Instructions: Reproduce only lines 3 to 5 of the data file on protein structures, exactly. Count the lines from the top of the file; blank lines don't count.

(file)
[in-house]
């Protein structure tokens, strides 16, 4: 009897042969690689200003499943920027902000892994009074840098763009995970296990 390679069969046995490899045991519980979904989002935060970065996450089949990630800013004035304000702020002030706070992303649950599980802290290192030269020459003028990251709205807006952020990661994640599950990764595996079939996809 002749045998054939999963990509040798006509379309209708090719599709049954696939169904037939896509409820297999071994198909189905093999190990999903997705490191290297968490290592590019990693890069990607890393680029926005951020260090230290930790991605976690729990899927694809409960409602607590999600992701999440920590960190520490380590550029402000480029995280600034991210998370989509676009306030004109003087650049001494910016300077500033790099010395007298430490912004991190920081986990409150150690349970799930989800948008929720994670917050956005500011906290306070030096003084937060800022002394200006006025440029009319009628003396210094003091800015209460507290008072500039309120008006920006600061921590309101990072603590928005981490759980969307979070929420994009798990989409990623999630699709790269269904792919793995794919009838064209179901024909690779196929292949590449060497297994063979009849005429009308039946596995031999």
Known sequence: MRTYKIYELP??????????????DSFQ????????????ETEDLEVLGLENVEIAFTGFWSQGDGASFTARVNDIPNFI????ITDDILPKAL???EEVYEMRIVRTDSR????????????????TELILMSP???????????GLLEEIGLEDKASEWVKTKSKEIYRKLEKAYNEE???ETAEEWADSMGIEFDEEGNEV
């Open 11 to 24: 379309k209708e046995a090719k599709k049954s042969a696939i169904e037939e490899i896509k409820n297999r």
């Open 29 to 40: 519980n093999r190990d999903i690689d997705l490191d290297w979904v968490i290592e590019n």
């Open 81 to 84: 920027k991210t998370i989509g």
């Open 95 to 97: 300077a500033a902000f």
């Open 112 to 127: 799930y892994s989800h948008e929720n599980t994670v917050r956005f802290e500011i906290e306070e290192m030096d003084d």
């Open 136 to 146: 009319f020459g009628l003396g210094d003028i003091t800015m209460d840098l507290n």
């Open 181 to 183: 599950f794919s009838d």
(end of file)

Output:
Known sequence: MRTYKIYELP??????????????DSFQ????????????ETEDLEVLGLENVEIAFTGFWSQGDGASFTARVNDIPNFI????ITDDILPKAL???EEVYEMRIVRTDSR????????????????TELILMSP???????????GLLEEIGLEDKASEWVKTKSKEIYRKLEKAYNEE???ETAEEWADSMGIEFDEEGNEV
């Open 11 to 24: 379309k209708e046995a090719k599709k049954s042969a696939i169904e037939e490899i896509k409820n297999r």
């Open 29 to 40: 519980n093999r190990d999903i690689d997705l490191d290297w979904v968490i290592e590019n």